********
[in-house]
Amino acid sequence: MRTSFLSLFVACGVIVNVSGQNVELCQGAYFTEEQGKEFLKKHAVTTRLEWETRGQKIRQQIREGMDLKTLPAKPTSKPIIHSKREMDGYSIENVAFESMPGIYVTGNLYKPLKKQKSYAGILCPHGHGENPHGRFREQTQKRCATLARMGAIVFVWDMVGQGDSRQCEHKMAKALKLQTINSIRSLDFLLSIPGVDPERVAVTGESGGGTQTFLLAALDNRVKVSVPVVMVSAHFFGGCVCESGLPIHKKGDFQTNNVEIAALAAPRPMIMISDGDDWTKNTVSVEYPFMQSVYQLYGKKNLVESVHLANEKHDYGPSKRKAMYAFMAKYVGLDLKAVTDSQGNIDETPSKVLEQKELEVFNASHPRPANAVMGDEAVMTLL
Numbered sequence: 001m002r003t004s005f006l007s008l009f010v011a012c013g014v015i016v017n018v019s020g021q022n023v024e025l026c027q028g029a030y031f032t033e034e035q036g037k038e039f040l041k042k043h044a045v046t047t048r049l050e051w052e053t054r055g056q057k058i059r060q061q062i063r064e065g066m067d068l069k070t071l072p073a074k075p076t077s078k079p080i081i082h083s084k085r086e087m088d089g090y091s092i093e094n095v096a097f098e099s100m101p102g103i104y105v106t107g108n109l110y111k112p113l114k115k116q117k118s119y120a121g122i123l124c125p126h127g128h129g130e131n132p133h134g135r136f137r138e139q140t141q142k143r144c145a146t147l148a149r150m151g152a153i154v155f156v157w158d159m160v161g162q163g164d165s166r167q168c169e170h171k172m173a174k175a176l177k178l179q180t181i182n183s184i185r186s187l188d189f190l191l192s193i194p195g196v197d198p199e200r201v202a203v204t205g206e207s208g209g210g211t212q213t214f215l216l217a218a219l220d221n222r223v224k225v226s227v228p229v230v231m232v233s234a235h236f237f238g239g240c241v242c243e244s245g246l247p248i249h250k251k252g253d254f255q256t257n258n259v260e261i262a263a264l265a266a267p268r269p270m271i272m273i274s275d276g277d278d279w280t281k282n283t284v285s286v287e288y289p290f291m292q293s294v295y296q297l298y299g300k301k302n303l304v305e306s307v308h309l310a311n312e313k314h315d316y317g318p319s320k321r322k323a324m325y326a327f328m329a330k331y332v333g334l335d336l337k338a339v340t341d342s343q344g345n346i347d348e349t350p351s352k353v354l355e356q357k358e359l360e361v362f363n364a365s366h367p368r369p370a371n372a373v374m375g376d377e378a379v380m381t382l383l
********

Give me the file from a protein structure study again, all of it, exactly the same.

[in-house]
Amino acid sequence: MRTSFLSLFVACGVIVNVSGQNVELCQGAYFTEEQGKEFLKKHAVTTRLEWETRGQKIRQQIREGMDLKTLPAKPTSKPIIHSKREMDGYSIENVAFESMPGIYVTGNLYKPLKKQKSYAGILCPHGHGENPHGRFREQTQKRCATLARMGAIVFVWDMVGQGDSRQCEHKMAKALKLQTINSIRSLDFLLSIPGVDPERVAVTGESGGGTQTFLLAALDNRVKVSVPVVMVSAHFFGGCVCESGLPIHKKGDFQTNNVEIAALAAPRPMIMISDGDDWTKNTVSVEYPFMQSVYQLYGKKNLVESVHLANEKHDYGPSKRKAMYAFMAKYVGLDLKAVTDSQGNIDETPSKVLEQKELEVFNASHPRPANAVMGDEAVMTLL
Numbered sequence: 001m002r003t004s005f006l007s008l009f010v011a012c013g014v015i016v017n018v019s020g021q022n023v024e025l026c027q028g029a030y031f032t033e034e035q036g037k038e039f040l041k042k043h044a045v046t047t048r049l050e051w052e053t054r055g056q057k058i059r060q061q062i063r064e065g066m067d068l069k070t071l072p073a074k075p076t077s078k079p080i081i082h083s084k085r086e087m088d089g090y091s092i093e094n095v096a097f098e099s100m101p102g103i104y105v106t107g108n109l110y111k112p113l114k115k116q117k118s119y120a121g122i123l124c125p126h127g128h129g130e131n132p133h134g135r136f137r138e139q140t141q142k143r144c145a146t147l148a149r150m151g152a153i154v155f156v157w158d159m160v161g162q163g164d165s166r167q168c169e170h171k172m173a174k175a176l177k178l179q180t181i182n183s184i185r186s187l188d189f190l191l192s193i194p195g196v197d198p199e200r201v202a203v204t205g206e207s208g209g210g211t212q213t214f215l216l217a218a219l220d221n222r223v224k225v226s227v228p229v230v231m232v233s234a235h236f237f238g239g240c241v242c243e244s245g246l247p248i249h250k251k252g253d254f255q256t257n258n259v260e261i262a263a264l265a266a267p268r269p270m271i272m273i274s275d276g277d278d279w280t281k282n283t284v285s286v287e288y289p290f291m292q293s294v295y296q297l298y299g300k301k302n303l304v305e306s307v308h309l310a311n312e313k314h315d316y317g318p319s320k321r322k323a324m325y326a327f328m329a330k331y332v333g334l335d336l337k338a339v340t341d342s343q344g345n346i347d348e349t350p351s352k353v354l355e356q357k358e359l360e361v362f363n364a365s366h367p368r369p370a371n372a373v374m375g376d377e378a379v380m381t382l383l